Sub-Saharan Africa adopt Bitcoin to Earn larger Foreign Income

text of central african republic cryptocurrency framework
Screenshot of Central Africa Republic Cryptocurrency framework

The Central African Republic (CAR) has adopted a framework governing cryptocurrencies establishing bitcoin as official national currency, making it the first and only one in Africa, and second in the world just after El Salvador made a similar decision in sept 2021.

Lawmakers unanimously agreed to make bitcoin as national currency in a move expected to generate prosperity for the citizens, thus putting CAR "on the map of the most courageous and visionary countries in the world" according to a signed press release from the state minister Obed Namsio.

In an interview with Bloomberg, the CAR Finance Minister Herve Ndoba described the move as a positive move of embracing new technology:

“There’s a common narrative that Sub-Saharan African countries are often one step behind when it comes to adapting to new technology. This time, we can actually say that our country is one step ahead.”

 Bitcoin makes remittances great again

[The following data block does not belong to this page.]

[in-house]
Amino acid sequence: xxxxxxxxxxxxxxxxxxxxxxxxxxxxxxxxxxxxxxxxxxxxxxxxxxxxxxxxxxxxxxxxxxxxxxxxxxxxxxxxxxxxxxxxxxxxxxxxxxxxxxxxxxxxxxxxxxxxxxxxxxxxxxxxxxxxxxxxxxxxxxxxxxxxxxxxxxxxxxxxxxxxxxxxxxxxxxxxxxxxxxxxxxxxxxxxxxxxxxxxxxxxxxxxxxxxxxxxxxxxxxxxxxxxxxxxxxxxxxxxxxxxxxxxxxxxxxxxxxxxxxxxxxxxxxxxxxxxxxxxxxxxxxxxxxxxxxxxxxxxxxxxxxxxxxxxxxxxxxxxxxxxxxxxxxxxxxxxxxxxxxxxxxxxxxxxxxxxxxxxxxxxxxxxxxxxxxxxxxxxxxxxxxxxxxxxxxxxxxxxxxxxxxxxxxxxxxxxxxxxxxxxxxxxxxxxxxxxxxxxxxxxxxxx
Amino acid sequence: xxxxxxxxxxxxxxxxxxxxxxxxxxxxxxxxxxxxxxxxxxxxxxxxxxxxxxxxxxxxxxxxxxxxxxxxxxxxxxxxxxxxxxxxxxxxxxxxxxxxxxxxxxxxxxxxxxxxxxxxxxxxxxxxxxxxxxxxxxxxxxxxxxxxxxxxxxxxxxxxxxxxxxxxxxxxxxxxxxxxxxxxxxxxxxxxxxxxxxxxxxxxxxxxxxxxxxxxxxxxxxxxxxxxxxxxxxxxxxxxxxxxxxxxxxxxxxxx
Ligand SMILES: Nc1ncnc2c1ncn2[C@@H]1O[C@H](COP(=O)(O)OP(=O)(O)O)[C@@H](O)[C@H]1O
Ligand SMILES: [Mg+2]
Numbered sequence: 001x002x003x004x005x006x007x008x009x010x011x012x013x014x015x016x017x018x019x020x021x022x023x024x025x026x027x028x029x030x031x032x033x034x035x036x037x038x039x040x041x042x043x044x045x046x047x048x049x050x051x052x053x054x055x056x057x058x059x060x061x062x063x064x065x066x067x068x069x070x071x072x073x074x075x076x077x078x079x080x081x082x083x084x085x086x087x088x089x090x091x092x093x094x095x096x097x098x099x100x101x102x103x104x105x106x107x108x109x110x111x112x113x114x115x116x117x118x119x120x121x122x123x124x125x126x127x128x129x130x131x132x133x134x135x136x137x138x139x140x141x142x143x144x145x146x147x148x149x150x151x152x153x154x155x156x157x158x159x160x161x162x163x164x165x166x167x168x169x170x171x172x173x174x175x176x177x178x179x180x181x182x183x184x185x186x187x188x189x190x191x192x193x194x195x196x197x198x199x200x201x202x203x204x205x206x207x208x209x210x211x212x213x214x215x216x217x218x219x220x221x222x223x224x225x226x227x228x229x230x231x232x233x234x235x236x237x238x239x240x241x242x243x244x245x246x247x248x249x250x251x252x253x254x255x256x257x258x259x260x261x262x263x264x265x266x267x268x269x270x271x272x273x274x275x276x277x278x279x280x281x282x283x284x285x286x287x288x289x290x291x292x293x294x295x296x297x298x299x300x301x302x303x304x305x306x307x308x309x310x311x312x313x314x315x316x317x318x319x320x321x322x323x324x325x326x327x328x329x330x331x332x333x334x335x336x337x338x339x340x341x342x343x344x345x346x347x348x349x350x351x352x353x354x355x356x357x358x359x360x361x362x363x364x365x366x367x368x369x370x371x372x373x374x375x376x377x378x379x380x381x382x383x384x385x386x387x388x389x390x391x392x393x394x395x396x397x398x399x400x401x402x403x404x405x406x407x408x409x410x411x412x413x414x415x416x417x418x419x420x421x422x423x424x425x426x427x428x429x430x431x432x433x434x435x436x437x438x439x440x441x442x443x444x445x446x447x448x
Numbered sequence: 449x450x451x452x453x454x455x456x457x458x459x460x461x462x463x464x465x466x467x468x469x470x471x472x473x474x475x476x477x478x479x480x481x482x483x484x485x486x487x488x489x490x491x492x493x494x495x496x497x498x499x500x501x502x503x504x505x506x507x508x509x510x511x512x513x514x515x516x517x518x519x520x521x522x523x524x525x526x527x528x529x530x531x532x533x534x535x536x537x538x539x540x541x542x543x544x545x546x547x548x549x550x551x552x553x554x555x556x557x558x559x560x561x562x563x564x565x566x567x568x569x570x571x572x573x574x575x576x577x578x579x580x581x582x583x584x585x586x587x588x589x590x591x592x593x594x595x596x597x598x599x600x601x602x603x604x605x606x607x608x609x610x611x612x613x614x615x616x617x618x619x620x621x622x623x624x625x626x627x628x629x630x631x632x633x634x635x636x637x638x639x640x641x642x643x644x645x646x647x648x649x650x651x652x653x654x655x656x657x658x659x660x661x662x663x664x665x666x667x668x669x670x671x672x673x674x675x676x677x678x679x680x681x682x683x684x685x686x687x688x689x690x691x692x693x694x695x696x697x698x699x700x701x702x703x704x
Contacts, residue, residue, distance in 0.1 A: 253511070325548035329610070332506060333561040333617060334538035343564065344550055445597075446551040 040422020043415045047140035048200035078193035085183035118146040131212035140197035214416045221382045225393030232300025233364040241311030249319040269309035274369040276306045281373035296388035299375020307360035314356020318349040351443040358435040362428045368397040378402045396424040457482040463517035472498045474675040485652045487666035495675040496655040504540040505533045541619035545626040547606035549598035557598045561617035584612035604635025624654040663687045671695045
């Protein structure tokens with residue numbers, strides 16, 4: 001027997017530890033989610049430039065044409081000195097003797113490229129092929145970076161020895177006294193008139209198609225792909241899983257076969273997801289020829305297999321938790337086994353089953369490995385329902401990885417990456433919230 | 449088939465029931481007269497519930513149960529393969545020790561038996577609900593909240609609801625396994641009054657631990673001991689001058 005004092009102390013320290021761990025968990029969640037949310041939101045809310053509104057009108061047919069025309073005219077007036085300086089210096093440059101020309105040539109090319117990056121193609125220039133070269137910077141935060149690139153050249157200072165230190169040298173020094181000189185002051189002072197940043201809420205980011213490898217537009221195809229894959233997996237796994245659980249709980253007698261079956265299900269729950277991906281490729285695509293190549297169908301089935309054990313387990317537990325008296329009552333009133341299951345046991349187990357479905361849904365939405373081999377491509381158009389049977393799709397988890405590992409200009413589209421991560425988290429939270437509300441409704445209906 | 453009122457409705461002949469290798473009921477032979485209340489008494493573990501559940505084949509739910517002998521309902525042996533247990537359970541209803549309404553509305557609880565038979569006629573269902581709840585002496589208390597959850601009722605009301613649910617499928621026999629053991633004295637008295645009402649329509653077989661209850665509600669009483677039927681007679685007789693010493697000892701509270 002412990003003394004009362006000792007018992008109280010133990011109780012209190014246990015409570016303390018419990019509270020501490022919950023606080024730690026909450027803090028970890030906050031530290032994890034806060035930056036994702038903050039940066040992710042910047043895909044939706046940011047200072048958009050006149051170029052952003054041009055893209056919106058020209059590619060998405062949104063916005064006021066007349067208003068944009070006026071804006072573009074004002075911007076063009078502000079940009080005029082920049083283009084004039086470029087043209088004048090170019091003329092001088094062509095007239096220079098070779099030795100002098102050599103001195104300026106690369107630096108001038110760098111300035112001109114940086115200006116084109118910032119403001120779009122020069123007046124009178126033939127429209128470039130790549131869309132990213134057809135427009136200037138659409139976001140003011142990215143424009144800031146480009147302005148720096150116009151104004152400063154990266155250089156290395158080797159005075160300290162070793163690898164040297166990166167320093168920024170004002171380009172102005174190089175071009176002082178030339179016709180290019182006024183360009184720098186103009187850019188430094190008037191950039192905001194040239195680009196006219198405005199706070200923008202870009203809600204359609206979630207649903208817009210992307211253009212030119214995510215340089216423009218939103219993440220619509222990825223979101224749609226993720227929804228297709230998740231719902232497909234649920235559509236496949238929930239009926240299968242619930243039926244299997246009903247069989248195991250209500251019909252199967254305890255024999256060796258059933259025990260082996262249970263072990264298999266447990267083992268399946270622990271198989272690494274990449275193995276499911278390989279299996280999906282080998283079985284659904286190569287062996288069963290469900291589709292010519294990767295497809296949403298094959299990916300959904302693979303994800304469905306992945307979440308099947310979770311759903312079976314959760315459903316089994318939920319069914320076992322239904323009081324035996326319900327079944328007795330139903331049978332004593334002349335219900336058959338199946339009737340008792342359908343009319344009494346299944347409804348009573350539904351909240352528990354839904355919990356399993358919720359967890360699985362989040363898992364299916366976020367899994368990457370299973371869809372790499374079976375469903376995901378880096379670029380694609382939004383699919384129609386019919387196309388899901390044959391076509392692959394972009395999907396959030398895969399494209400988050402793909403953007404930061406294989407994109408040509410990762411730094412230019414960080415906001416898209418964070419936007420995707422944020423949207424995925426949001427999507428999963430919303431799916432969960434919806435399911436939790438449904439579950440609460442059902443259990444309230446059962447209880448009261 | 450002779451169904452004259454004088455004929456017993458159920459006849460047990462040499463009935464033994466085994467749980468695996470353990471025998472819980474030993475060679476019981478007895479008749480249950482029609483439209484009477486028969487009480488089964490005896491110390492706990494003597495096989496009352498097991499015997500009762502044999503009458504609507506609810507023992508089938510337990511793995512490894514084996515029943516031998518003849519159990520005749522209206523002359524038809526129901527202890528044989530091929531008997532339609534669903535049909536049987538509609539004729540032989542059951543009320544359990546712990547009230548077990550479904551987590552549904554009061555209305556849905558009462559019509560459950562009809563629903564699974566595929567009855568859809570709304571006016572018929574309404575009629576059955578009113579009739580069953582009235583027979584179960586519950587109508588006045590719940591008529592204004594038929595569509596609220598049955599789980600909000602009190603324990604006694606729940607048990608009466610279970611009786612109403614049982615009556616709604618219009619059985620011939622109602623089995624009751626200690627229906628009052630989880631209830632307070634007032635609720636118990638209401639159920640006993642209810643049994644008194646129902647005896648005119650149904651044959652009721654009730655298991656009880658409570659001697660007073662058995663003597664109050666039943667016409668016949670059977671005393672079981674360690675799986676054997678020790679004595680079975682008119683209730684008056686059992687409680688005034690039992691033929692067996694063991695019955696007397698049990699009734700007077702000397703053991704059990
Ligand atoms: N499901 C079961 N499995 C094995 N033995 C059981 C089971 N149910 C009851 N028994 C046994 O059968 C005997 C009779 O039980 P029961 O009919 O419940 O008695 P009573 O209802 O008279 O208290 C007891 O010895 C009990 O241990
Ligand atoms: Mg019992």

For El Salvador,adopting bitcoin was to enable the diaspora save on commissions money transfers services charge as well as attract foreign investment in the country. Remittances in 2020 amounted to $6 billion representing 23% of the entire GDP of the Central American nation. And with adoption of bitcoin, the diaspora would save of up $400 million in transfer fees which would further boost the livelihoods of recipients.

CAR uses the French CFA franc as its currency where a population of 4.8million with 11% having access to the Internet. Considering that the country has suffered several conflicts, the skilled migrants abroad send money to support relatives back at home making remittances the largest source of foreign income in Sub-Saharan Africa (SSA) reaching up $47 billion in 2019. A large number of households depend on these funds to pay for food, education, health and shelter further lifting many out of poverty.

Unfortunately, SSA is charged the highest fees globally to send and receive money at 8.17 percent compared with the least fees at 4.9 percent for south Asia. This broad day robbery takes away the much needed relief for reciepients who are often unbanked and living in remote rural villages in Africa.

Considering that there are huge gains to save on remittances due to high fees charged by money transfer services, SSA economies would do well to embrace cryptocurrency legislation to increase the impact of remittances in their economies. Not only would this be a courageous and visionary decision, but one that will pull several Africans out of a poverty and contribute to the very much needed development of the continent.

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